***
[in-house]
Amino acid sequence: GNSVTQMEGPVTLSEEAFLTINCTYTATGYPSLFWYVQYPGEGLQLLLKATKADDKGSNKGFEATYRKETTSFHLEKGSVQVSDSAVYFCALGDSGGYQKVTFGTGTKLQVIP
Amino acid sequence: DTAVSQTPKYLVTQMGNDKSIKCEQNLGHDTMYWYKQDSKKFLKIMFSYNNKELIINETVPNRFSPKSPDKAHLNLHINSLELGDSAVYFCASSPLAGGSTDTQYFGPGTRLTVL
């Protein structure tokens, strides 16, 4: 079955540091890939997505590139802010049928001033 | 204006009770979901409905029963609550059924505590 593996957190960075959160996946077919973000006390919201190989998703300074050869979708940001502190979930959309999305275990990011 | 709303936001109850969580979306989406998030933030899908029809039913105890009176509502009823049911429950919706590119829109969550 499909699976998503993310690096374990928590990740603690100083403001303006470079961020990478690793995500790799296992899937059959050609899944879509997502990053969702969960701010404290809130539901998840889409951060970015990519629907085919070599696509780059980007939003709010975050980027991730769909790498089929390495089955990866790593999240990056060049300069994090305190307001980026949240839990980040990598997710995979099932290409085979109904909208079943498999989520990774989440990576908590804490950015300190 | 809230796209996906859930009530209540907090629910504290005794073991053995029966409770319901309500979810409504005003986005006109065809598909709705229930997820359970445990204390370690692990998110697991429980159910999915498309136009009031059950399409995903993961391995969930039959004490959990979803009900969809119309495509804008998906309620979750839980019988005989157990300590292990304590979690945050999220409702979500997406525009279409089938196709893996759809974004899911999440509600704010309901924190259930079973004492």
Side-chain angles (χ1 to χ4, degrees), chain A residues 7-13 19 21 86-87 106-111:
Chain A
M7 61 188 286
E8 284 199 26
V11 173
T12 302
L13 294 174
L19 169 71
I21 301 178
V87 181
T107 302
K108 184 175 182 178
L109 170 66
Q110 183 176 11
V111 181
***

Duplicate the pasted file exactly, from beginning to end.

[in-house]
Amino acid sequence: GNSVTQMEGPVTLSEEAFLTINCTYTATGYPSLFWYVQYPGEGLQLLLKATKADDKGSNKGFEATYRKETTSFHLEKGSVQVSDSAVYFCALGDSGGYQKVTFGTGTKLQVIP
Amino acid sequence: DTAVSQTPKYLVTQMGNDKSIKCEQNLGHDTMYWYKQDSKKFLKIMFSYNNKELIINETVPNRFSPKSPDKAHLNLHINSLELGDSAVYFCASSPLAGGSTDTQYFGPGTRLTVL
């Protein structure tokens, strides 16, 4: 079955540091890939997505590139802010049928001033 | 204006009770979901409905029963609550059924505590 593996957190960075959160996946077919973000006390919201190989998703300074050869979708940001502190979930959309999305275990990011 | 709303936001109850969580979306989406998030933030899908029809039913105890009176509502009823049911429950919706590119829109969550 499909699976998503993310690096374990928590990740603690100083403001303006470079961020990478690793995500790799296992899937059959050609899944879509997502990053969702969960701010404290809130539901998840889409951060970015990519629907085919070599696509780059980007939003709010975050980027991730769909790498089929390495089955990866790593999240990056060049300069994090305190307001980026949240839990980040990598997710995979099932290409085979109904909208079943498999989520990774989440990576908590804490950015300190 | 809230796209996906859930009530209540907090629910504290005794073991053995029966409770319901309500979810409504005003986005006109065809598909709705229930997820359970445990204390370690692990998110697991429980159910999915498309136009009031059950399409995903993961391995969930039959004490959990979803009900969809119309495509804008998906309620979750839980019988005989157990300590292990304590979690945050999220409702979500997406525009279409089938196709893996759809974004899911999440509600704010309901924190259930079973004492």
Side-chain angles (χ1 to χ4, degrees), chain A residues 7-13 19 21 86-87 106-111:
Chain A
M7 61 188 286
E8 284 199 26
V11 173
T12 302
L13 294 174
L19 169 71
I21 301 178
V87 181
T107 302
K108 184 175 182 178
L109 170 66
Q110 183 176 11
V111 181